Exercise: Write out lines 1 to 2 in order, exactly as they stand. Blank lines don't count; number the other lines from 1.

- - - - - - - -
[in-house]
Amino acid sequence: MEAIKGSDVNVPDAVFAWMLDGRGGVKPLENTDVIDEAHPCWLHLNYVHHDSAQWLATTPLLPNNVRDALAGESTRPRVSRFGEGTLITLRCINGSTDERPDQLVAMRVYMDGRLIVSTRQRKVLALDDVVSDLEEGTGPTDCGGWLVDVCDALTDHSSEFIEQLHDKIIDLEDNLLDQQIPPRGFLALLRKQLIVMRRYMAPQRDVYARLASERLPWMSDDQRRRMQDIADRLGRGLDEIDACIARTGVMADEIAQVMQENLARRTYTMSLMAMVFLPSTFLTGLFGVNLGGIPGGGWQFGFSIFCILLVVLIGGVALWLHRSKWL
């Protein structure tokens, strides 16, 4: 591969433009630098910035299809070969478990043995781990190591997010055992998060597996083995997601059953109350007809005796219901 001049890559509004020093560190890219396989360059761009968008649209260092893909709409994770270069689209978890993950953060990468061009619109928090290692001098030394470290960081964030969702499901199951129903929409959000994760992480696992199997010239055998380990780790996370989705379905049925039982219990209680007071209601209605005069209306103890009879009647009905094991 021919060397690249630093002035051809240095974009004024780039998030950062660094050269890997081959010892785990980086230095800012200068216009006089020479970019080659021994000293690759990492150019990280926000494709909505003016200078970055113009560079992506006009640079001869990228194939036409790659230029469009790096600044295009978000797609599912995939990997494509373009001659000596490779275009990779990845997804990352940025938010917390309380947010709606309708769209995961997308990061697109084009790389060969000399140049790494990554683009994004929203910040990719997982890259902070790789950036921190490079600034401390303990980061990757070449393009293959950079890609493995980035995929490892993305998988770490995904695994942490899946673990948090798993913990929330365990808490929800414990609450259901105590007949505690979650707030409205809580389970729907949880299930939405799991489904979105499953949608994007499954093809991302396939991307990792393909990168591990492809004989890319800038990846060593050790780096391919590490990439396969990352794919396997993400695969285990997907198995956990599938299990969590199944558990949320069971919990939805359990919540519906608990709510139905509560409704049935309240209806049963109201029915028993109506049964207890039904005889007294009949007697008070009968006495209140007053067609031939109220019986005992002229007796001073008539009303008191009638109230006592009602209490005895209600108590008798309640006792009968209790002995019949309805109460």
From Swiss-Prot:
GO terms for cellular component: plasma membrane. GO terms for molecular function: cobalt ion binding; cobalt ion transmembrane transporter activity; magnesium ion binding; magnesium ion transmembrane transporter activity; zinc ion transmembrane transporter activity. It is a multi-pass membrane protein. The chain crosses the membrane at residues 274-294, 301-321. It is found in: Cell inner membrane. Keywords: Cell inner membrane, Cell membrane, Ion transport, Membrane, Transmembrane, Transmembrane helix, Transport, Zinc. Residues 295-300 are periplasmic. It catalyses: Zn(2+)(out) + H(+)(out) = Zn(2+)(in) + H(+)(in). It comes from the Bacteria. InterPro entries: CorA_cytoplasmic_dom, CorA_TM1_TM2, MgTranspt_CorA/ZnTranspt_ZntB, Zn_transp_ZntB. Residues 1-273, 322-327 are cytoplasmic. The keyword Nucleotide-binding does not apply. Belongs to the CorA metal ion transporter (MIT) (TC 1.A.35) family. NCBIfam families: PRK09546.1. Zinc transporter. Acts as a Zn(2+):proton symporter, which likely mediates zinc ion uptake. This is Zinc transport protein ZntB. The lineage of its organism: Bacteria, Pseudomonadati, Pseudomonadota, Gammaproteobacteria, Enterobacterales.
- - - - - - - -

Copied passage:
[in-house]
Amino acid sequence: MEAIKGSDVNVPDAVFAWMLDGRGGVKPLENTDVIDEAHPCWLHLNYVHHDSAQWLATTPLLPNNVRDALAGESTRPRVSRFGEGTLITLRCINGSTDERPDQLVAMRVYMDGRLIVSTRQRKVLALDDVVSDLEEGTGPTDCGGWLVDVCDALTDHSSEFIEQLHDKIIDLEDNLLDQQIPPRGFLALLRKQLIVMRRYMAPQRDVYARLASERLPWMSDDQRRRMQDIADRLGRGLDEIDACIARTGVMADEIAQVMQENLARRTYTMSLMAMVFLPSTFLTGLFGVNLGGIPGGGWQFGFSIFCILLVVLIGGVALWLHRSKWL